Fed to Keep Rates Low, But for How Much Longer? Daily Real Estate News | Thursday, March 21, 2013 The Federal Reserve’s policy-making committee announced it will continue to hold down short-term interest rates, which in turn will help keep mortgage rates low. But there is question of how much longer the central bank will do this. The Fed said it will continue to buy $85 billion a month in Treasuries and mortgage-backed securities, but would reduce its asset purchase — known as “quantitative easing” — if job growth continues at its current pace. Last year, the Fed committed to holding short-term interest rates near zero for as long as unemployment remained above 6.5 percent. In February, the unemployment rate was 7.7 percent. Many economists don’t expect unemployment to drop to levels around 6.5 percent until 2015. However, Fed Chairman Ben Bernanke noted Wednesday that there is not consensus among the policy-making committee on how much longer to continue quantitative easing. The committee recognized progress in the economy and job growth in recent months, noting “a return to moderate economic growth following a pause late last year.” Bernanke has testified to Congress that quantitative easing has helped revive the housing market. Mortgage rates have fallen near all-time lows, with the average 30-year fixed-rate mortgage averaging 3.63 percent on March 14, according to Freddie Mac. In November 2012, 30-year rates fell as low as 3.31 percent. Housing is “coming back, it’s real, and it’s going to be a positive driver,” said Jeff Fettig, the chief executive officer of Whirlpool Corp., the world’s largest appliance maker. “For every 6 percent increase in existing-home sales you see a 1 percent demand increase in appliances.” Source: “Fed to Maintain Stimulus Efforts Despite Job Growth,” The New York Times (March 20, 2013) and“Bernanke Seen Keeping Up Pace of QE Until Fourth Quarter,” Bloomberg (March 20, 2013)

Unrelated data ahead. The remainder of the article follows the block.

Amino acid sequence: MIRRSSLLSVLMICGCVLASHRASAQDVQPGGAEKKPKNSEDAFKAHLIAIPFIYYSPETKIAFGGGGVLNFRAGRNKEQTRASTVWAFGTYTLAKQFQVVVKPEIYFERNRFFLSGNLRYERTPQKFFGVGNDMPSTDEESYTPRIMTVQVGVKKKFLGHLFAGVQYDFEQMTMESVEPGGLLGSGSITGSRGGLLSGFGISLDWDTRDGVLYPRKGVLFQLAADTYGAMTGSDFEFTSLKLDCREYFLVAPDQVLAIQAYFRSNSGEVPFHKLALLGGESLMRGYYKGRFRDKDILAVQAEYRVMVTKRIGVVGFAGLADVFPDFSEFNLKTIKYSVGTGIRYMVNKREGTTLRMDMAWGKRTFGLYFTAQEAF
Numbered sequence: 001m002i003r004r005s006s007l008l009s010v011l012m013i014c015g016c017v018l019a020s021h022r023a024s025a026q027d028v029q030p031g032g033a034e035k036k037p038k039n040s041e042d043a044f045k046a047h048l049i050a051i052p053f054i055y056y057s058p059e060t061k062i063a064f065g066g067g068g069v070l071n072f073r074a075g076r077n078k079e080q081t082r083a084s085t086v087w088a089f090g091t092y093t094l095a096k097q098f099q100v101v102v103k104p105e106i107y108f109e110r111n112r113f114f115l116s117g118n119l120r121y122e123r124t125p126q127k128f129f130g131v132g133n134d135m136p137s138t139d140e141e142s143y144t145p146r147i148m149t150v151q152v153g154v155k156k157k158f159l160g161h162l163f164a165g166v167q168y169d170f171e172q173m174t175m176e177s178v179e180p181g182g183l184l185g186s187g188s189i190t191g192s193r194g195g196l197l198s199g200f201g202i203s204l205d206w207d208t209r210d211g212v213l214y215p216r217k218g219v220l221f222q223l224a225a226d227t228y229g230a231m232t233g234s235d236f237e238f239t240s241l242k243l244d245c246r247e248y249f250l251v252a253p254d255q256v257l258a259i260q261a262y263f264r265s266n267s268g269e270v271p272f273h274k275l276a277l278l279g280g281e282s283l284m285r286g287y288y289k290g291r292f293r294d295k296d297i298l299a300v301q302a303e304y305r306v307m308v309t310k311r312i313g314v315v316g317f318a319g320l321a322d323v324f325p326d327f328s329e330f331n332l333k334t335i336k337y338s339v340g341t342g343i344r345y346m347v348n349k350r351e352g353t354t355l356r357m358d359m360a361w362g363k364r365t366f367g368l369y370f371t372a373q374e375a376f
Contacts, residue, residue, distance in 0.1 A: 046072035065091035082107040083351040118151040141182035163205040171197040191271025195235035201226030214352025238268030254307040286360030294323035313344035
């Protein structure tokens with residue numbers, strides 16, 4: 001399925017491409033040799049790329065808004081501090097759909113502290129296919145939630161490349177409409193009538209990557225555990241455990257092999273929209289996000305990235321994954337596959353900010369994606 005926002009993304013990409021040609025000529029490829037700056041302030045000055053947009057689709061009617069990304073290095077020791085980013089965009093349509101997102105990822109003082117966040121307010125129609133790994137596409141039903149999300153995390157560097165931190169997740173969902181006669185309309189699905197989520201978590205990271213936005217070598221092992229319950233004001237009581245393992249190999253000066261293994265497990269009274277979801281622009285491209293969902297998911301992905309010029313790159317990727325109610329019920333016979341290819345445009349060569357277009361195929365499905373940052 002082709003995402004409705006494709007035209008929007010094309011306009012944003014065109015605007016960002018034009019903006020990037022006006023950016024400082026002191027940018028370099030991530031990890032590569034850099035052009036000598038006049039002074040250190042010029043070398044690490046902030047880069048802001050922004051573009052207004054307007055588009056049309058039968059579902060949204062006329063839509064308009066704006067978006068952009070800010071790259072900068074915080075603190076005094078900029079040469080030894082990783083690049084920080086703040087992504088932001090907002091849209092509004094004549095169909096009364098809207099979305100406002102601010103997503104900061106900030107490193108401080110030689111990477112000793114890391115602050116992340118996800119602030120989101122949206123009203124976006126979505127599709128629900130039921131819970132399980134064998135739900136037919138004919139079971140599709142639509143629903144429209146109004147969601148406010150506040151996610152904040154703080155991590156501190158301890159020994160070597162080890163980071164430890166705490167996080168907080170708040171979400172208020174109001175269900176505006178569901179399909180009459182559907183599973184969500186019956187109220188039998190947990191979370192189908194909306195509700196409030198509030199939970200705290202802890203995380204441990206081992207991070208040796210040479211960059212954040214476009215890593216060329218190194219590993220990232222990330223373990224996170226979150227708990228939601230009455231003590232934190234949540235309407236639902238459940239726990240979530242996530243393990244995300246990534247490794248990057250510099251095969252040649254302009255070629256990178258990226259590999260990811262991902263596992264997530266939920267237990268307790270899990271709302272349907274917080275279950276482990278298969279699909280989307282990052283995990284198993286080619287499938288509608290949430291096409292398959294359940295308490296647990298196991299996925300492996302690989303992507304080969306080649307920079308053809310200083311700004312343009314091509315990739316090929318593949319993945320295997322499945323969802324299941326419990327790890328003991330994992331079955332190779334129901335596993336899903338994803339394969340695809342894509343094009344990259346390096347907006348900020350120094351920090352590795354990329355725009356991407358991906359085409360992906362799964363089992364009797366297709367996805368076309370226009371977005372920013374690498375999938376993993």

Study: ‘Green’ Home Owners Less Likely to Default Daily Real Estate News | Thursday, March 21, 2013 Owners of energy-efficient homes are one-third less likely to default on their mortgage, according to a new study released by the University of North Carolina at Chapel Hill Center for Community Capital and the Institute for Market Transformation. “Consumer and industry acceptance of energy efficiency is high,” says Roberto G. Quercia, one of the author’s of the study. “But the lack of broad consideration of potential energy savings in the mortgage underwriting process still prevents many moderate- and middle-income home buyers from fully enjoying the cost savings. Since our study findings now show that energy efficiency is strongly and consistently associated with lower mortgage lending risk, lenders and policymakers have one more reason to promote it.” Researchers evaluated 71,000 single-family home loans, originated between 2002 and 2012, from 38 states as well as the District of Columbia to assess the link between home energy efficiency and mortgage default risks. About 35 percent of the homes evaluated were Energy-Star rated for efficiency. “It stands to reason that energy-efficient homes should have a lower default rate, because the owners of these homes save money on their utility bills, and they can put that money toward their mortgage payments,” says Cliff Majersik, executive director of IMT. “We long believed this to be the case, and now this study proves it. Successful housing market reforms will require reconsidering the risk factors in mortgage default, including energy costs.” The study’s authors recommend that Congress might even consider requiring an energy audit or rating as part of the mortgage underwriting process, given the study’s findings. Source: UNC Center for Community Capital and Institute for Market Transformation